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Current Events & Hot Topics Current Events & Hot Topics

"Social Welfare" Groups and Tax Exemption

Posted by on Mar. 30, 2013 at 10:21 PM
  • 18 Replies

It seems the IRS wants to figure out if some of these groups, including Crossroads GPS and Americans for Prosperity, actually qualify as 501(c) groups (meaning a "social welfare" group or in other words, a charity) or if they are just partisan poltical groups looking to avoid taxes.  As if there is any question.

From NPR:

The IRS calls the move a "compliance check." It asks a wide range of questions about a group's finances and internal structure. Some of the information will turn up, eventually, in a group's tax return on the Form 990. But other intriguing information will not. For instance, how did the group set the compensation for its most highly paid officers? Did it give them first-class or charter travel? How about country-club memberships? Any other perks?

The agency has targeted groups that are "self-declared." That is, they claim they qualify for 501(c) tax-exempt status, but they've never filed the application with the IRS. That lets them avoid the application form asking the group to describe its proposed tax-exempt activities.

The IRS says the questionnaire is meant "to help us understand" the self-declared groups and to learn "how they satisfy their exemption requirements."

http://www.npr.org/blogs/itsallpolitics/2013/03/30/175761558/irs-to-social-welfare-groups-show-me-the-political-ad-money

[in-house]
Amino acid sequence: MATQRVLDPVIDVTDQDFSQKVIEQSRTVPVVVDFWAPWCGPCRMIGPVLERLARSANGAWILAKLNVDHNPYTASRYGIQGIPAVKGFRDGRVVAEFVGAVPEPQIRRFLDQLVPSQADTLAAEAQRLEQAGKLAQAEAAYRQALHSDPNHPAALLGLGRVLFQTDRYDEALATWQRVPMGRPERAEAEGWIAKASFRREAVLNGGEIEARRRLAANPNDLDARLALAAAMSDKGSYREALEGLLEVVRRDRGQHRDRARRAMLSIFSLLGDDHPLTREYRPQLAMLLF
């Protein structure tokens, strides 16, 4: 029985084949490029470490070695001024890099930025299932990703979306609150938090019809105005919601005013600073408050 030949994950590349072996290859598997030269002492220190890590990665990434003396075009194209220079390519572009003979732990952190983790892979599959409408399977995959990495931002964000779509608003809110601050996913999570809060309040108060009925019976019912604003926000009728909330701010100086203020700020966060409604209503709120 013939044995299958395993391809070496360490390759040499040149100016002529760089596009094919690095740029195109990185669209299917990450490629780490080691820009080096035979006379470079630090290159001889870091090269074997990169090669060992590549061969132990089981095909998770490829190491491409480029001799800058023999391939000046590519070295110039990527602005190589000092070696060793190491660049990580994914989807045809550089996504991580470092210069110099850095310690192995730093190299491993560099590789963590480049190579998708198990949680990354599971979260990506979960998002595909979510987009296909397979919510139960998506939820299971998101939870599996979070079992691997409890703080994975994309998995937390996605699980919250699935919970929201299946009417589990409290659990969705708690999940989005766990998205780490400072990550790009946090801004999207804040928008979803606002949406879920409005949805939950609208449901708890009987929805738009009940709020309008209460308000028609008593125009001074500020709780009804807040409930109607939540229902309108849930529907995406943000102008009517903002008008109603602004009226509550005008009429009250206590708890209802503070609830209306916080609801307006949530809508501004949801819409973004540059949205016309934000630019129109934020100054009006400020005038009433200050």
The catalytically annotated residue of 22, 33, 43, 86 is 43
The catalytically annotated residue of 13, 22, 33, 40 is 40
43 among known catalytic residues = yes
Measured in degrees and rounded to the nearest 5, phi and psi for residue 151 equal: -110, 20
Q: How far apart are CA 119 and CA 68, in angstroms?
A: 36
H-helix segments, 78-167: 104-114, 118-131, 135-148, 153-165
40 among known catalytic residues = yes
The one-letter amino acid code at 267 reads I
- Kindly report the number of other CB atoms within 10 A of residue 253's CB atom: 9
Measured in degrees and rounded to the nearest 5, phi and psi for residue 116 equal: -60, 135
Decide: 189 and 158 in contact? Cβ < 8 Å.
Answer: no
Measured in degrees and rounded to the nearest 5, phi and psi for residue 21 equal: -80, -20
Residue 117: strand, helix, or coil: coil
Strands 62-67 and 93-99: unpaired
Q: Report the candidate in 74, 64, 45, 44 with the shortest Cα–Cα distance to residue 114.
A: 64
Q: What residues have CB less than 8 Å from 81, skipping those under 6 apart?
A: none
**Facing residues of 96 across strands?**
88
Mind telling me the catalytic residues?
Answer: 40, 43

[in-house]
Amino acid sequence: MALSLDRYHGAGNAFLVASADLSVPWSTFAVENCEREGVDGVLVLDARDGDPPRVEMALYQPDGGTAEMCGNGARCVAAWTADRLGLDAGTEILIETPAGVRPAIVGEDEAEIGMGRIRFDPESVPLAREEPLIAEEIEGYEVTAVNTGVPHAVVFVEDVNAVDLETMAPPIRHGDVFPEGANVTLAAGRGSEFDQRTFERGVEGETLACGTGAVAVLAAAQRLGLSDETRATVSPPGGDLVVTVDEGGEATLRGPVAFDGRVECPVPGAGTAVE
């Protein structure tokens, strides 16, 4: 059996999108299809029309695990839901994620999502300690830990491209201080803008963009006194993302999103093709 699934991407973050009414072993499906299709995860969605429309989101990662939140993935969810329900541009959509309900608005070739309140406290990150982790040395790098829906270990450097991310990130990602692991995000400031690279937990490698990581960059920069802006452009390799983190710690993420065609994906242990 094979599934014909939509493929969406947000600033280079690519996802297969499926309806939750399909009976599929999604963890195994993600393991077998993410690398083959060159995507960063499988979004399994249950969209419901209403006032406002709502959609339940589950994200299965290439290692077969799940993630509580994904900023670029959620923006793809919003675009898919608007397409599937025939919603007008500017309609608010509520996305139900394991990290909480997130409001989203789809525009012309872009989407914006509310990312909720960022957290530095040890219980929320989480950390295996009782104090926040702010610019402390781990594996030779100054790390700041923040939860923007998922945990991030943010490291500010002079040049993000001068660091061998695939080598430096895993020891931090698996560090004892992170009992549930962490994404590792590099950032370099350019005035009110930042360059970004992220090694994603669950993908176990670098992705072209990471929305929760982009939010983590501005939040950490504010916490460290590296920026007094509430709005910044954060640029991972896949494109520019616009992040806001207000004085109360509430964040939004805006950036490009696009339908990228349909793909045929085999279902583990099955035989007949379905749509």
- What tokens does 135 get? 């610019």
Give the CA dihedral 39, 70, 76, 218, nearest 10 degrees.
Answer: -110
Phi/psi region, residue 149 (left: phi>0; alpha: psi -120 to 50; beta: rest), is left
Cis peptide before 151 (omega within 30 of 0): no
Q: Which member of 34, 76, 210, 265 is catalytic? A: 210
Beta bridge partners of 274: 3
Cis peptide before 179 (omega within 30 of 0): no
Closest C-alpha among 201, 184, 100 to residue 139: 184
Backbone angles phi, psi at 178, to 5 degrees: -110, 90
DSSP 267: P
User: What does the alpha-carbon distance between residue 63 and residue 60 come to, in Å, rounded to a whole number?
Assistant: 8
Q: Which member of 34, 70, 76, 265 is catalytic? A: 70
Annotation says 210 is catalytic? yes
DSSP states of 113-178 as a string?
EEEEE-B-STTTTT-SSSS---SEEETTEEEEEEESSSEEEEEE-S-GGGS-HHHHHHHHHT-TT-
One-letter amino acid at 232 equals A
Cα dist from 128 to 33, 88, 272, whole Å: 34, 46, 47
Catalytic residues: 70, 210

by on Mar. 30, 2013 at 10:21 PM
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Replies (1-10):
EireLass
by Ruby Member on Mar. 31, 2013 at 10:14 AM

I always wonder that myself. I have a friend who had worked long-term for the MSPCA. She had a modest income, doing administrative work in Boston. They started making big cuts - she and others were being laid-off, shelters were closing. All the while, the top few 'big wigs' were pulling in incomes in the mid-$300k

AdrianneHill
by Platinum Member on Mar. 31, 2013 at 10:29 AM
2 moms liked this
How the hell are they allowed to be self declared? For that matter, I'm a social welfare group and don't owe any taxes ever
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meriana
by Platinum Member on Mar. 31, 2013 at 10:29 AM
2 moms liked this

I really fail to see how a political action group is a charity. Their funds go to promote the candidate and ideas of their choice and I don't think any of their candidates could be considered low-income and in need of help with food/housing, etc.

All the while, the top few 'big wigs' were pulling in incomes in the mid-$300k. by EireLass

That's pretty much true of the top few in almost any large "charity" or so-called non-profit organization.


 

rgba
by Bronze Member on Mar. 31, 2013 at 10:30 AM
2 moms liked this
This is long overdue.
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EireLass
by Ruby Member on Mar. 31, 2013 at 11:33 AM

This particular group struck me because they are 'in the business' of sheltering un-wanted dogs/cats. They've had to close about 12 shelters across the state due to funding, lay off 'regular employees', yet they weren't interested in cutting any of their pay to keep things as they should be.

Quoting meriana:

I really fail to see how a political action group is a charity. Their funds go to promote the candidate and ideas of their choice and I don't think any of their candidates could be considered low-income and in need of help with food/housing, etc.

All the while, the top few 'big wigs' were pulling in incomes in the mid-$300k. by EireLass

That's pretty much true of the top few in almost any large "charity" or so-called non-profit organization.


mommy.of.3.boys
by Bronze Member on Mar. 31, 2013 at 11:43 AM